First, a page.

Tesla countered disappointing news about its first-quarter sales by announcing it’s rolling out an Autopilot update that lets compatible cars change lanes on their own, with or without the driver’s permission. The feature builds on an earlier update of the semi-autonomous software that told the driver when it thought the car should be changing lanes and waited for confirmation.
The California-based company published a blog post to explain owners have logged 66 million miles since it introduced Navigate on Autopilot, and they have approved 9 million lane-change requests. The data gathered and analyzed over the past few months made Tesla comfortable with the idea of allowing its cars to change lanes on their own. Drivers can enable the feature by accessing the “Autopilot settings” menu via the car’s touchscreen, and then pressing the button labeled “Customize Navigate on Autopilot.”
There are several available settings. Drivers who want their car to automatically change lanes on its own can turn off the confirmation option. Those who prefer receiving a warning before the car makes a move can ask it to emit visual and audible alerts. Tesla points out owners whose car was made after August 2017 can also request the steering wheel to vibrate before the car changes lanes. The warnings give motorists time to look around them and cancel the lane change (by tapping a pop-up box on the touchscreen or moving the turn signal stalk) if needed.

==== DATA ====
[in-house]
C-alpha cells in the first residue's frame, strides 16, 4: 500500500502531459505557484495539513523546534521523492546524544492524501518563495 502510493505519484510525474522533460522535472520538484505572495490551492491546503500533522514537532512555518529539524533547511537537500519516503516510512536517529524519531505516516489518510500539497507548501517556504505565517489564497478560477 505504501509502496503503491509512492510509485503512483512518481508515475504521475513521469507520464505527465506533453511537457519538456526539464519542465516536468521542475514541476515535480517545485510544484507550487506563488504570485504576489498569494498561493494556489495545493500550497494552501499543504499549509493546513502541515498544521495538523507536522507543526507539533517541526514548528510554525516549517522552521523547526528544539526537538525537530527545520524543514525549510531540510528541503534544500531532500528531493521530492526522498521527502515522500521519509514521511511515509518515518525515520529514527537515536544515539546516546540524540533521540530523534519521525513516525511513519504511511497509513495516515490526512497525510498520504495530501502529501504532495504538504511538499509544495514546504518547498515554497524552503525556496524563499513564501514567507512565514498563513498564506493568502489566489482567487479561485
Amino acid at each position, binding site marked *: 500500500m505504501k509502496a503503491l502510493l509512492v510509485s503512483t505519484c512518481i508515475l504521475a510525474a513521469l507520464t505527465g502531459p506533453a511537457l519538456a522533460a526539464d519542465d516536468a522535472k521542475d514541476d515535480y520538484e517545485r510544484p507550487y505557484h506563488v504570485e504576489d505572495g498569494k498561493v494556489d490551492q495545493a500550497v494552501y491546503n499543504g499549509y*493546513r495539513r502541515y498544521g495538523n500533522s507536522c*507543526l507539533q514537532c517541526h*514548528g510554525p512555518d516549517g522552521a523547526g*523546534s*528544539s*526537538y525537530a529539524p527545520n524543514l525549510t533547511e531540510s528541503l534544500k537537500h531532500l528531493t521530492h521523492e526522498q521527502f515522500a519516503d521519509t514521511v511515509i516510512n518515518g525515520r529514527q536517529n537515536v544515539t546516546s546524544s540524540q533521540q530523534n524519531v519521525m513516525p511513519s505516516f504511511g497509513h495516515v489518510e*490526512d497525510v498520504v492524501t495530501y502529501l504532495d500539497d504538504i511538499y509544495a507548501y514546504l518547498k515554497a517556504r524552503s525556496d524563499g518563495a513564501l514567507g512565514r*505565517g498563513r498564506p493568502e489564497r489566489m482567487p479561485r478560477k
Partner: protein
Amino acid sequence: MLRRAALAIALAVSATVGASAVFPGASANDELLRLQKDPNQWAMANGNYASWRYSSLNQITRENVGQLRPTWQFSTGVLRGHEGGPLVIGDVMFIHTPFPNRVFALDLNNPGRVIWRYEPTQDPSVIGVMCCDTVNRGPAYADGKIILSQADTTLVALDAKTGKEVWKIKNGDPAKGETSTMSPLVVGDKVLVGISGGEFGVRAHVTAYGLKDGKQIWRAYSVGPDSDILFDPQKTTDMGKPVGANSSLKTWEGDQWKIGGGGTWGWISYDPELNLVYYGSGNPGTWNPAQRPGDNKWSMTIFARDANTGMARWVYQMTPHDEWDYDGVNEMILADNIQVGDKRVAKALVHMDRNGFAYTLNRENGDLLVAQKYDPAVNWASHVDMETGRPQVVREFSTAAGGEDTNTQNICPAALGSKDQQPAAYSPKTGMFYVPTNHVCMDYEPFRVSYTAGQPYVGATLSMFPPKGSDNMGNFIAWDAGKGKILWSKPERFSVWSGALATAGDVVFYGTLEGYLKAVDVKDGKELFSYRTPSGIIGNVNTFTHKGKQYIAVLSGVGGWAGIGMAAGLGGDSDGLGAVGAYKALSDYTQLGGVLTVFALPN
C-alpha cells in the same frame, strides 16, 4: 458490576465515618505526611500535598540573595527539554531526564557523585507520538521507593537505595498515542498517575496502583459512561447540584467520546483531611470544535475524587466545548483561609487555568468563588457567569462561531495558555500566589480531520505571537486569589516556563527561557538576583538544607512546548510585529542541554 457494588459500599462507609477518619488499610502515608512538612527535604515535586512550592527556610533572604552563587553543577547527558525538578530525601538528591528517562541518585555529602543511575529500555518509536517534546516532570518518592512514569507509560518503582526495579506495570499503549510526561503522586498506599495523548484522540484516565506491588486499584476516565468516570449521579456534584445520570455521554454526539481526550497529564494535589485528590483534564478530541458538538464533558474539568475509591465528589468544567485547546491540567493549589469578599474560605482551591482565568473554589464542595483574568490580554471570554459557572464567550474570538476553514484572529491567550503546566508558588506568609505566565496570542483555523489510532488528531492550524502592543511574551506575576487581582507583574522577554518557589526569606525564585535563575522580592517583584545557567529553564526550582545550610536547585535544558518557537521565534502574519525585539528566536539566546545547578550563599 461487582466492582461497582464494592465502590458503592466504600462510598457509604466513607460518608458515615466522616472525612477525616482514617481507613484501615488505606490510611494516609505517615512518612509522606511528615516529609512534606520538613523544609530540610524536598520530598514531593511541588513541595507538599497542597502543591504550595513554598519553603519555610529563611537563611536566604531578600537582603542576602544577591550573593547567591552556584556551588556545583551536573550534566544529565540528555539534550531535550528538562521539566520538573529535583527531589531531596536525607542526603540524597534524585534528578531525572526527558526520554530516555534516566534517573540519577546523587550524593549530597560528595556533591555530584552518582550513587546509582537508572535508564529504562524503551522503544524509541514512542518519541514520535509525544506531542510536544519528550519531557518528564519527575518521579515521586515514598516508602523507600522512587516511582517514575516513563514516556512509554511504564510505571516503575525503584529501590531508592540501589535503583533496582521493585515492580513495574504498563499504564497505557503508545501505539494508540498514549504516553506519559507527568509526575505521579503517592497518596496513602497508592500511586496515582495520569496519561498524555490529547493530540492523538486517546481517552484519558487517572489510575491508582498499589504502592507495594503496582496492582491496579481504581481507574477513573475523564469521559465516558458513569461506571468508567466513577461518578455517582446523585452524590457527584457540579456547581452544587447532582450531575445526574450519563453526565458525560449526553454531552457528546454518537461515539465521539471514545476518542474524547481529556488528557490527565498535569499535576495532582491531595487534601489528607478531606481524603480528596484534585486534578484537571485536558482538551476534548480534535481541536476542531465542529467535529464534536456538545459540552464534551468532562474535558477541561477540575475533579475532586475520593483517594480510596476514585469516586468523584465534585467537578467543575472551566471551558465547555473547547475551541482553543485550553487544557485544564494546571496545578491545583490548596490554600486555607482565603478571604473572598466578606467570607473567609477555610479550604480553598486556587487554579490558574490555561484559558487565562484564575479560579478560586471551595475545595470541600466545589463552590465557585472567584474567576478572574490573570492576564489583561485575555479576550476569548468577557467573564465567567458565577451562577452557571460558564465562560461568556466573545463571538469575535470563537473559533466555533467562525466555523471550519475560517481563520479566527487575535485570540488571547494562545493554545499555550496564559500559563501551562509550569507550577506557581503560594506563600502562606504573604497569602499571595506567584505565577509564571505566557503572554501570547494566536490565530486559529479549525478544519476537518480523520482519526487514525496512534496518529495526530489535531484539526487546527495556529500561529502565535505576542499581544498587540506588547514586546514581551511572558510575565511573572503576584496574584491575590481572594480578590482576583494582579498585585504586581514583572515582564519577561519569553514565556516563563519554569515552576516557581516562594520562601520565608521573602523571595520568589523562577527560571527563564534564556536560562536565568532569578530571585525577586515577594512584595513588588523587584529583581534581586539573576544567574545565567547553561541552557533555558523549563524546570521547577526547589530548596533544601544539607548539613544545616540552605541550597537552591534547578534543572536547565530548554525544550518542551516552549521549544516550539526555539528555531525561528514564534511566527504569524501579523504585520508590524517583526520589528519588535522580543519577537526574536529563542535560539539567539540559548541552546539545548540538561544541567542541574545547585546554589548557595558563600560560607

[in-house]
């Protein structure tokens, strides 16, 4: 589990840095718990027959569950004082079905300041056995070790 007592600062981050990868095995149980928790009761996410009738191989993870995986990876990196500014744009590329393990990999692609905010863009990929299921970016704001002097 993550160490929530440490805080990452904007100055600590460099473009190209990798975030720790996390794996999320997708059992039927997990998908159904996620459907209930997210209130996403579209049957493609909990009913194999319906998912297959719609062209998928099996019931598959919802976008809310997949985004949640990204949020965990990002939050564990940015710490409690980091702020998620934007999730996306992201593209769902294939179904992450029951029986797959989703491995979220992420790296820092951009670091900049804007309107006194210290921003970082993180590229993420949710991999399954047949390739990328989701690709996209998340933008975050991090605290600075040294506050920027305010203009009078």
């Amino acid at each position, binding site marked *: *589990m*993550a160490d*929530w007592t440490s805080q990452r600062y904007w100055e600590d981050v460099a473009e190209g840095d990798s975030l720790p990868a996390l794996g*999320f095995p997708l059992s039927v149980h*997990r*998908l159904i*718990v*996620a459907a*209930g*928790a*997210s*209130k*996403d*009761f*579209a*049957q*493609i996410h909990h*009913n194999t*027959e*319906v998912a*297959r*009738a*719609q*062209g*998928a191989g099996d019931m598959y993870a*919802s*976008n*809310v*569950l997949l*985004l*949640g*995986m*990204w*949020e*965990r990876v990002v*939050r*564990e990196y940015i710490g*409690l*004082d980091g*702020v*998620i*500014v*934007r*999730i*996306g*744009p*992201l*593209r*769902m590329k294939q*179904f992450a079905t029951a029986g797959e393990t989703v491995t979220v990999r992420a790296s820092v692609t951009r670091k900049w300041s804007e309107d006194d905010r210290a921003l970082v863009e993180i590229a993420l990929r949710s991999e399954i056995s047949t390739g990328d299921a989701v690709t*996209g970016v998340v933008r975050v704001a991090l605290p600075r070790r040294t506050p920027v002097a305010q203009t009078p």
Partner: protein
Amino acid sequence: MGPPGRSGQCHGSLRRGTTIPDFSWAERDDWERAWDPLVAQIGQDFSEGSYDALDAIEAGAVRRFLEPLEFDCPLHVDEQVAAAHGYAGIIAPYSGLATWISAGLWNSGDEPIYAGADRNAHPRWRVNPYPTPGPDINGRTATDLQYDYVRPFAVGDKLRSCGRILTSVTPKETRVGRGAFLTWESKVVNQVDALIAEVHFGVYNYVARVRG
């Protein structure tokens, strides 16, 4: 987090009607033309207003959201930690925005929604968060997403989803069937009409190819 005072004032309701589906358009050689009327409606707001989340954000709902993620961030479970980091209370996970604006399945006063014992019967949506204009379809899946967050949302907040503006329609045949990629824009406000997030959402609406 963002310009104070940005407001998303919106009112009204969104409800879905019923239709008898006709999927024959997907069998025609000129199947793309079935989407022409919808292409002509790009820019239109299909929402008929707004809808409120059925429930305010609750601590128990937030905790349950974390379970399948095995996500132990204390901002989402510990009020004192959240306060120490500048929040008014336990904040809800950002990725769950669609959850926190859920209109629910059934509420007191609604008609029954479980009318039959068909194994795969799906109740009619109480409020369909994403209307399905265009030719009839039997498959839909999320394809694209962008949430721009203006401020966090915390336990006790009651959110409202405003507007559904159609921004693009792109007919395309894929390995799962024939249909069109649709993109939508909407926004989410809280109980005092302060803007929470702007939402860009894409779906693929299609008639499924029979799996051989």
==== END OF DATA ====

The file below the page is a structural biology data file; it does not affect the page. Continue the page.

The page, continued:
The new feature adds an additional degree of autonomy to all Tesla models, including the Model S, the Model X, and the Model 3. Tesla stresses it doesn’t turn its cars into driverless vehicles and motorists need to remain alert at all times.
“This feature does not make a car autonomous, and lane changes will only be made when a driver’s hands are detected on the wheel,” it warned.
Tesla owners who purchased Enhanced Autopilot or Full Self-Driving Capability when they ordered their car have already started receiving the new version of Navigate on Autopilot via an over-the-air software update. As of writing, the feature is only available in the United States. It will spread to other markets — assuming it’s allowed by local regulators — “in the future,” according to Tesla.